In the days before space-based
radio astronomy, observations on many frequencies required waiting until nightfall
because the Earth's ionospheric activity interfered with signals in many bands of
interest. Two such bands are 18 MHz and 20 MHz (16 and 15 meters, respectively),
on which information on lightning-type discharges from Jupiter are received. Near-real-time
maps of ionospheric absorption in the D layer (caused by solar x-ray activity) are
available on the Solar Terrestrial
Dispatch website for 5 through 30 MHz, which is where long-range high frequency
(HF) communications occur. The F2 layer is where signals are usually reflected,
but absorption in the lower D layer can be severe enough to limit reception. This
"Radio Signals from Jupiter Studied by N.B.S." story from the August 1957 issue
of Radio & TV News magazine presents the state of the science at the time.
Signals from Jupiter Studied by N.B.S.
The reception cones of Jupiter's radio emissions as limited by
These antennas direct radio signals originating 500 million miles
away from earth to recording equipment located in the trailer.
Distant planet emits pulse-type radiation that appears to indicate the presence
of a surrounding ionosphere.
For about two years astrophysicist Roger Gallet at the Boulder Laboratories of
the National Bureau of Standards has been studying radio signals of tremendous power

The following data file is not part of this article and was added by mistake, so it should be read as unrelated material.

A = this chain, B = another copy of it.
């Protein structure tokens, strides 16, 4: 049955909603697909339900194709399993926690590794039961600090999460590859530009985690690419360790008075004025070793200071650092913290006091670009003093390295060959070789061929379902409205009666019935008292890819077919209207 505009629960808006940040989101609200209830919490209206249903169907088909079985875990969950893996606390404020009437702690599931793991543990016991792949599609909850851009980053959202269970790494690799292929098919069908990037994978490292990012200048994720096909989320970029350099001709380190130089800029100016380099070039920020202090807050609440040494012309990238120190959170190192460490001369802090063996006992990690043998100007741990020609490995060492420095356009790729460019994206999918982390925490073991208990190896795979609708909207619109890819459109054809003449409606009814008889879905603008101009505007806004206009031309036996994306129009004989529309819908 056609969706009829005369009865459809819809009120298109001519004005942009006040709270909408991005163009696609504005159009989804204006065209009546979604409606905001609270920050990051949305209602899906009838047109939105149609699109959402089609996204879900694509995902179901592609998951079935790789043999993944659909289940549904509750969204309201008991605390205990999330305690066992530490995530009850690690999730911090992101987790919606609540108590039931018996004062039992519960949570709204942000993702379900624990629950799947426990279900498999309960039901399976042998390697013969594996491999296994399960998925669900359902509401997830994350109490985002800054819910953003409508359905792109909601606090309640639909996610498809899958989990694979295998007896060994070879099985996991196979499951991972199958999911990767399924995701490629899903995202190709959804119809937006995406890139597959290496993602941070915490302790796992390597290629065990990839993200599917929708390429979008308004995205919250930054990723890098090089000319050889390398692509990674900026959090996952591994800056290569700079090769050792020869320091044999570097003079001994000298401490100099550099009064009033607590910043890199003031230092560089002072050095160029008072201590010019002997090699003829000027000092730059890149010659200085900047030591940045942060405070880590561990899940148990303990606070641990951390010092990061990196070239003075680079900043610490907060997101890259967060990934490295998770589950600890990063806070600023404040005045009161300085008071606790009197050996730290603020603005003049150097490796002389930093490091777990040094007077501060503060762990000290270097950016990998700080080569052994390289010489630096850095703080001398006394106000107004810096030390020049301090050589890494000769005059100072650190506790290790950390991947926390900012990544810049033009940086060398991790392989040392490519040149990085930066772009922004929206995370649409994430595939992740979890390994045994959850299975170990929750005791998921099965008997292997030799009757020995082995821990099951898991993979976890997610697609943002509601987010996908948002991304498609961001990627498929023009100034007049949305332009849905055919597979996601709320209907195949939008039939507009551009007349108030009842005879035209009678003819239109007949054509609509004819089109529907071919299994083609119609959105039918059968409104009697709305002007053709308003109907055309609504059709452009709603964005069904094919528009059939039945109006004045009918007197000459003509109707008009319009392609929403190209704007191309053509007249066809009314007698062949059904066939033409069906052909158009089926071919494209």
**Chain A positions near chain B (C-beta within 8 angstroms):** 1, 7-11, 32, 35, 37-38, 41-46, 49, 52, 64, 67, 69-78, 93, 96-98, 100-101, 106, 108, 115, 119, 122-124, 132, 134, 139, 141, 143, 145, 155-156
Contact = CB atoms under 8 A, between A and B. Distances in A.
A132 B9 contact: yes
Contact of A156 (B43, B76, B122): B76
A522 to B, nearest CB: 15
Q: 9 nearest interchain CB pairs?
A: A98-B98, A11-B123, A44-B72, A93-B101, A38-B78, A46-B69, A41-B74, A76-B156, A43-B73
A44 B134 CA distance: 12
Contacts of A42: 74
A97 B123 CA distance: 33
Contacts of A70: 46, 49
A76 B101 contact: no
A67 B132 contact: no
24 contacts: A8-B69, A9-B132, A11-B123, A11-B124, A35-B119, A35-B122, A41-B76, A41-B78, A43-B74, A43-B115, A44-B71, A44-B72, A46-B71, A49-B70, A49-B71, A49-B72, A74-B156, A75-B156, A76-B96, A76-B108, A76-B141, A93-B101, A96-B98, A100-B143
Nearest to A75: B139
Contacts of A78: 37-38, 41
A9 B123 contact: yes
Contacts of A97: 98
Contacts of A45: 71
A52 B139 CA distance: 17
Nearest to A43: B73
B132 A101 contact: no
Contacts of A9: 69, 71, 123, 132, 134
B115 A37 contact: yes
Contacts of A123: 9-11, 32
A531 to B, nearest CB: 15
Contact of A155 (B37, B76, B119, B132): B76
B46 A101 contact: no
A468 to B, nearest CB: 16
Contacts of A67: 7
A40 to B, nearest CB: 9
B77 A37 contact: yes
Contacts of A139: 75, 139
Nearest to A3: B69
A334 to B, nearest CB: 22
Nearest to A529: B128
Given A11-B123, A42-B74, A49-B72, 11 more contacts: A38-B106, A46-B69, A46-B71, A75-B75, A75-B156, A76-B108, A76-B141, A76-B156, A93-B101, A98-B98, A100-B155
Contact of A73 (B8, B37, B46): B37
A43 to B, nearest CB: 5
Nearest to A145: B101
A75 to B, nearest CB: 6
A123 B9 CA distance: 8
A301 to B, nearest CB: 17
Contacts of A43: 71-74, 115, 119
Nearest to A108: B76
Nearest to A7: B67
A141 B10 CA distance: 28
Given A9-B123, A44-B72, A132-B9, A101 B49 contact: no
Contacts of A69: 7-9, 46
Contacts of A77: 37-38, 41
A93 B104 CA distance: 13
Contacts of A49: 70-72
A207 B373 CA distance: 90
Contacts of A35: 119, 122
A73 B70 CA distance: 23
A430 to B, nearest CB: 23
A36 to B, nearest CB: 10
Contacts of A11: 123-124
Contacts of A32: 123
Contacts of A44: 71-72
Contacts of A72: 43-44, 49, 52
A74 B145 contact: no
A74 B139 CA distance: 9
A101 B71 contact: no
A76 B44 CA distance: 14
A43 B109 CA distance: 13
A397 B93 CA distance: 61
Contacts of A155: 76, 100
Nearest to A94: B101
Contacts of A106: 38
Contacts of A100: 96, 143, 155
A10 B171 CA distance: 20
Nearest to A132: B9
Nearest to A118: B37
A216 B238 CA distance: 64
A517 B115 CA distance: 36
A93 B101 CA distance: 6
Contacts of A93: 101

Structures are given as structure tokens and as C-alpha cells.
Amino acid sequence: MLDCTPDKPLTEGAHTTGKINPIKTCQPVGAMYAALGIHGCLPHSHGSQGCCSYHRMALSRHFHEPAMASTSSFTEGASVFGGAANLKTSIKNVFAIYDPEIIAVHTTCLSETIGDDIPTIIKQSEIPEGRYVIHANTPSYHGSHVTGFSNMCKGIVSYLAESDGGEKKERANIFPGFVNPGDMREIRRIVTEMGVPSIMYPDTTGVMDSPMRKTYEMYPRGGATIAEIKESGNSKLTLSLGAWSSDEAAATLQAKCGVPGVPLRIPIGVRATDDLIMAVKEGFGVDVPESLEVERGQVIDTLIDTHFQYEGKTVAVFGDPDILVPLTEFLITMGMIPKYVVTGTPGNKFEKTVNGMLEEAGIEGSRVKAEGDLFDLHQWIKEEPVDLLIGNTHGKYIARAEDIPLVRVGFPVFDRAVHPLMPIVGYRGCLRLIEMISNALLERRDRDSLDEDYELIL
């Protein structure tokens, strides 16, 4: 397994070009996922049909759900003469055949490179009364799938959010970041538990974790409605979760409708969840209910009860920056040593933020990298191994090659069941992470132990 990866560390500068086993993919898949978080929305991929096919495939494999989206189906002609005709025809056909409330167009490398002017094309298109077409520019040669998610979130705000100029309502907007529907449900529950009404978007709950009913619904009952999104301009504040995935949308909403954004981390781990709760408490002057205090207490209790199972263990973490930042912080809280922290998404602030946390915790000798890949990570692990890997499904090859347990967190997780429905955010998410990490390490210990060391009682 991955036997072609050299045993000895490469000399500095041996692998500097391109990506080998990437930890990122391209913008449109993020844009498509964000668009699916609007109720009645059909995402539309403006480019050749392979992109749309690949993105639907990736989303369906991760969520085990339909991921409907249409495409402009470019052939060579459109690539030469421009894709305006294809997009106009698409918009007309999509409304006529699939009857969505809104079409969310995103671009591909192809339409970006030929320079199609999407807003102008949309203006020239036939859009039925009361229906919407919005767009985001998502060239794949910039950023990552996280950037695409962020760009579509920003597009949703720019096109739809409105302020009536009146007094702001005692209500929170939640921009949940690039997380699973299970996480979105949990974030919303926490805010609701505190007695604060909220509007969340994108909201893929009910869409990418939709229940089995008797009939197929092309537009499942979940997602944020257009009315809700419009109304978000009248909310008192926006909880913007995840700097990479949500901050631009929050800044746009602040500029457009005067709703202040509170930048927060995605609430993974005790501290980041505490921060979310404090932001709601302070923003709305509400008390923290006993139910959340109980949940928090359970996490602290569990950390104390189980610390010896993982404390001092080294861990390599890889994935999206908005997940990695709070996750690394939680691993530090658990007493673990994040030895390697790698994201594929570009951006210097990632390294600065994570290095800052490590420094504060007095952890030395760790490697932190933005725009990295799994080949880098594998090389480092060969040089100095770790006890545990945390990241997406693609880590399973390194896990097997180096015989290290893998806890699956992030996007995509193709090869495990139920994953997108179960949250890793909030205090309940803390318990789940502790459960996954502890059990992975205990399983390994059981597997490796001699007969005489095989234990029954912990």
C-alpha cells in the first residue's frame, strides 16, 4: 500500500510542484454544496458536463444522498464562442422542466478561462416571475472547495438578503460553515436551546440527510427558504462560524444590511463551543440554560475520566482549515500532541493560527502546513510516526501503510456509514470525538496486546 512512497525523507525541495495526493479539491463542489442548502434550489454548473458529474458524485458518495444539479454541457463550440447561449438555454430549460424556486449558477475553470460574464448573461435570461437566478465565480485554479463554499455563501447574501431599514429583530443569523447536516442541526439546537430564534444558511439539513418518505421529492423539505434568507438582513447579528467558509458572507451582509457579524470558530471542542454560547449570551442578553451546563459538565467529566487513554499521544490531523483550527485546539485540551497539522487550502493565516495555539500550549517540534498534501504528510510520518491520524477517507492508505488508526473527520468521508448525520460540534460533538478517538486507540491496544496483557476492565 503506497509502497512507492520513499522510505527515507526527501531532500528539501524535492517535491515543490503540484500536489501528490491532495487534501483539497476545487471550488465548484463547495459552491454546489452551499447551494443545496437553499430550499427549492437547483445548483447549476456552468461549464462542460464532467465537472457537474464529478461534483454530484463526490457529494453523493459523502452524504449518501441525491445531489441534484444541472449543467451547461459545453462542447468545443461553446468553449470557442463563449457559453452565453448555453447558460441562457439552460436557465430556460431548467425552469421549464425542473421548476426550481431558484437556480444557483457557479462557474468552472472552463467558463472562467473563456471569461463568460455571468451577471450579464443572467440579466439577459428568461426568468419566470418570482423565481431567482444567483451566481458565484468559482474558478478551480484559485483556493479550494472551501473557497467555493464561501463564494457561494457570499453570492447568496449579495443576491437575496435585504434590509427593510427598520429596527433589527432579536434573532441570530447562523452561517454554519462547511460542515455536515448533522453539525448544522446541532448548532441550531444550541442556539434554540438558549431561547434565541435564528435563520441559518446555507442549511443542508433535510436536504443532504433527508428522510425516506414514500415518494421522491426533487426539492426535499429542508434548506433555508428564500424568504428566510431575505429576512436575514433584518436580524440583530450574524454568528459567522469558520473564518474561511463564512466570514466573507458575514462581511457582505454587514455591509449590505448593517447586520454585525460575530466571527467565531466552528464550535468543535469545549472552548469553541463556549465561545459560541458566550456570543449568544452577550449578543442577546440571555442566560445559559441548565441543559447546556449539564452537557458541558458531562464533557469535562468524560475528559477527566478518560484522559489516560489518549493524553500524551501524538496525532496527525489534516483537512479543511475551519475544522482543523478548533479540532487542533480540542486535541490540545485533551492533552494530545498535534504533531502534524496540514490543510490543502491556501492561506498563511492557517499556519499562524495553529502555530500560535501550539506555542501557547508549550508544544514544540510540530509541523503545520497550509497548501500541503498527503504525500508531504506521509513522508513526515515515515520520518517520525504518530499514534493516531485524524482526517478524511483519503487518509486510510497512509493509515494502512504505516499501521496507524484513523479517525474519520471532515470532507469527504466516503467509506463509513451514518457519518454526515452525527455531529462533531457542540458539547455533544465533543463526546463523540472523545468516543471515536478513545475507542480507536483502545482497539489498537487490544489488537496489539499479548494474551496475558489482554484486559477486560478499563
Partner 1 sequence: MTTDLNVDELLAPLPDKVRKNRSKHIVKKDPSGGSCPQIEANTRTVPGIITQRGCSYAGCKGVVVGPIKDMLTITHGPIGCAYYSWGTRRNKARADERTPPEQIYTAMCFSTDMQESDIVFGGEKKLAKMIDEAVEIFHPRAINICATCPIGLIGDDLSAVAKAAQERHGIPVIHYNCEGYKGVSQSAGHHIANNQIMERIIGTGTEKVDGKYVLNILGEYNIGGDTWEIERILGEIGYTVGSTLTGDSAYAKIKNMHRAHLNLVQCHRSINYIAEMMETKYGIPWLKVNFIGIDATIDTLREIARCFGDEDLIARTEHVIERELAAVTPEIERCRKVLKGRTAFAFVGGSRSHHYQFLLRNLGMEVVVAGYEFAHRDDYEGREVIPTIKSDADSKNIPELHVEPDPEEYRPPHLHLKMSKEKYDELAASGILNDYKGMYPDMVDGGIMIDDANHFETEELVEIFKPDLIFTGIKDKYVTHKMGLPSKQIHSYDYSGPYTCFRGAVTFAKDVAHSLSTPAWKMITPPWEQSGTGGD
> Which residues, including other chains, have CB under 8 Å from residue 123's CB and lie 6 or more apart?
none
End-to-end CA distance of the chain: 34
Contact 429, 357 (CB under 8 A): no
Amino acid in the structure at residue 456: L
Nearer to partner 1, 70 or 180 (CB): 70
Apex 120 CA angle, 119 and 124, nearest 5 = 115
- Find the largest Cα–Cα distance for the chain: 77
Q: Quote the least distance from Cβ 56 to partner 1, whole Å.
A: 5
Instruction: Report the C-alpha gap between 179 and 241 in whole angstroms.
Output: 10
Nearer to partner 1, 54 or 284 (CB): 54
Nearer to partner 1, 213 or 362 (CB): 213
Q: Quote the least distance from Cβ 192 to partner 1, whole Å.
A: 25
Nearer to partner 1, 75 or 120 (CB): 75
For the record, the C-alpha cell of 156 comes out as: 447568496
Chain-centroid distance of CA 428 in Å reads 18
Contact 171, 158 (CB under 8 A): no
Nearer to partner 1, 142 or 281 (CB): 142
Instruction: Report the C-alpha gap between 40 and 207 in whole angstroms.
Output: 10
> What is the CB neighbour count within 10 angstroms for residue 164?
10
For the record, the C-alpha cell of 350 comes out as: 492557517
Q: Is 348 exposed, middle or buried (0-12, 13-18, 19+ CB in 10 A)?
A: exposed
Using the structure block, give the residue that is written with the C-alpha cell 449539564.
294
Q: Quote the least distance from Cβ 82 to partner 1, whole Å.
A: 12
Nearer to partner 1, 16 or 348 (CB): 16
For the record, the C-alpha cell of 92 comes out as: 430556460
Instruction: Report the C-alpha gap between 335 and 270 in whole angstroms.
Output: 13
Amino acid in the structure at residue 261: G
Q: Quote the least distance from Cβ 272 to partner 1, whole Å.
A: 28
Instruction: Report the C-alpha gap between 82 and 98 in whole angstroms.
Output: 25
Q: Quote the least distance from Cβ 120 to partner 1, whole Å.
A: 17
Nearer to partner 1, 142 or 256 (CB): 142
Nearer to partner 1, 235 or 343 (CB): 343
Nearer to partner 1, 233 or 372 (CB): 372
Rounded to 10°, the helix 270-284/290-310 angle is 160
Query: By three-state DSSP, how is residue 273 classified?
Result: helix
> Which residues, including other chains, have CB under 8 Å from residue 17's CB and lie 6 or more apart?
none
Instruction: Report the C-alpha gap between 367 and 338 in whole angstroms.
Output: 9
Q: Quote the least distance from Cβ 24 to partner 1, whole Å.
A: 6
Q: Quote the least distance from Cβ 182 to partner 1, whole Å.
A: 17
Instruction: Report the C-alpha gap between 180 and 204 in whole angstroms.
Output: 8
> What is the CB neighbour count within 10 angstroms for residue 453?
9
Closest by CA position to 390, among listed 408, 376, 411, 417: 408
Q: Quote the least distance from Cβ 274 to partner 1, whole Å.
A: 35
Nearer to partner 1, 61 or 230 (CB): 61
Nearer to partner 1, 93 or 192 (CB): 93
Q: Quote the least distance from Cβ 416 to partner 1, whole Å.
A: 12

from Jupiter. Gallet's work rules out thunderstorms as the possible source since
lightning discharges, unlike the signals being received from the planet, broadcast
on all frequencies at the same time and have other different characteristics.
The actual signals consist of 2-second pulses having 100 thousand times more
energy than that contained in a strong local lightning discharge, and 30-millisecond
pulses of infrequent repetition. Concerning the origin of the signals, it is suggested
that they may have a shock-wave origin possibly from geyser-like phenomena or volcanic
activity, although different from any such activity we know on earth, because the
material constituting Jupiter is different from Earth.
Perhaps the most important evidence on Jupiter that has been collected is that
which seems to prove that the huge planet has a strongly ionized upper atmosphere
- an ionosphere - similar to our own. And just like our ionosphere its electronic
density varies in relation to the amount of ultraviolet radiation given off by the
sun. Emissions, recorded at a specific frequency, come through a cone of transmission
radiating from the source. This seems to indicate that the radio waves within the
cone are penetrating Jupiter's ionosphere, but the oblique waves outside the cone
are being reflected back to Jupiter by its ionosphere.
It has also been found that the cone is larger for 20 than for 18 megacycles.
These are the two frequencies on which the observations are conducted.
Interestingly enough, this radio astronomy work must be done only at night when
our ionosphere is less ionized and the Jupiter waves can come through.
Here is screen shot of near-real-time maximum usable frequency (MUF) for regions on the earth.
Posted June 26, 2023
(updated from original post